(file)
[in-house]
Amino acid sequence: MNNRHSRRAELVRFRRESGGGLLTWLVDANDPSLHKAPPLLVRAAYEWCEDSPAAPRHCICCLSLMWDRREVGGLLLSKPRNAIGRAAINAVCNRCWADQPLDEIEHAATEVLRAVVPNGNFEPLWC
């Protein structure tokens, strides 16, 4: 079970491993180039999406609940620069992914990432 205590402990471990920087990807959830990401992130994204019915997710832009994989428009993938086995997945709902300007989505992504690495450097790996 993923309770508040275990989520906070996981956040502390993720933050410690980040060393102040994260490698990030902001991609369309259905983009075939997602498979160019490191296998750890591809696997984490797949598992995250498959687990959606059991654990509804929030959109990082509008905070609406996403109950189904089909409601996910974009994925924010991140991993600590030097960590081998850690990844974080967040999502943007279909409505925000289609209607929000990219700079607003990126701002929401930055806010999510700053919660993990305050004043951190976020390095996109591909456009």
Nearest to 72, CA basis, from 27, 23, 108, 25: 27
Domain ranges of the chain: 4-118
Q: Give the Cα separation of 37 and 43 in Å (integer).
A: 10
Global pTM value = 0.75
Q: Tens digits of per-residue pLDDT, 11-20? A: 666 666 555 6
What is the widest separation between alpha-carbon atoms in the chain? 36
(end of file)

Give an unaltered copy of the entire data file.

[in-house]
Amino acid sequence: MNNRHSRRAELVRFRRESGGGLLTWLVDANDPSLHKAPPLLVRAAYEWCEDSPAAPRHCICCLSLMWDRREVGGLLLSKPRNAIGRAAINAVCNRCWADQPLDEIEHAATEVLRAVVPNGNFEPLWC
């Protein structure tokens, strides 16, 4: 079970491993180039999406609940620069992914990432 205590402990471990920087990807959830990401992130994204019915997710832009994989428009993938086995997945709902300007989505992504690495450097790996 993923309770508040275990989520906070996981956040502390993720933050410690980040060393102040994260490698990030902001991609369309259905983009075939997602498979160019490191296998750890591809696997984490797949598992995250498959687990959606059991654990509804929030959109990082509008905070609406996403109950189904089909409601996910974009994925924010991140991993600590030097960590081998850690990844974080967040999502943007279909409505925000289609209607929000990219700079607003990126701002929401930055806010999510700053919660993990305050004043951190976020390095996109591909456009």
Nearest to 72, CA basis, from 27, 23, 108, 25: 27
Domain ranges of the chain: 4-118
Q: Give the Cα separation of 37 and 43 in Å (integer).
A: 10
Global pTM value = 0.75
Q: Tens digits of per-residue pLDDT, 11-20? A: 666 666 555 6
What is the widest separation between alpha-carbon atoms in the chain? 36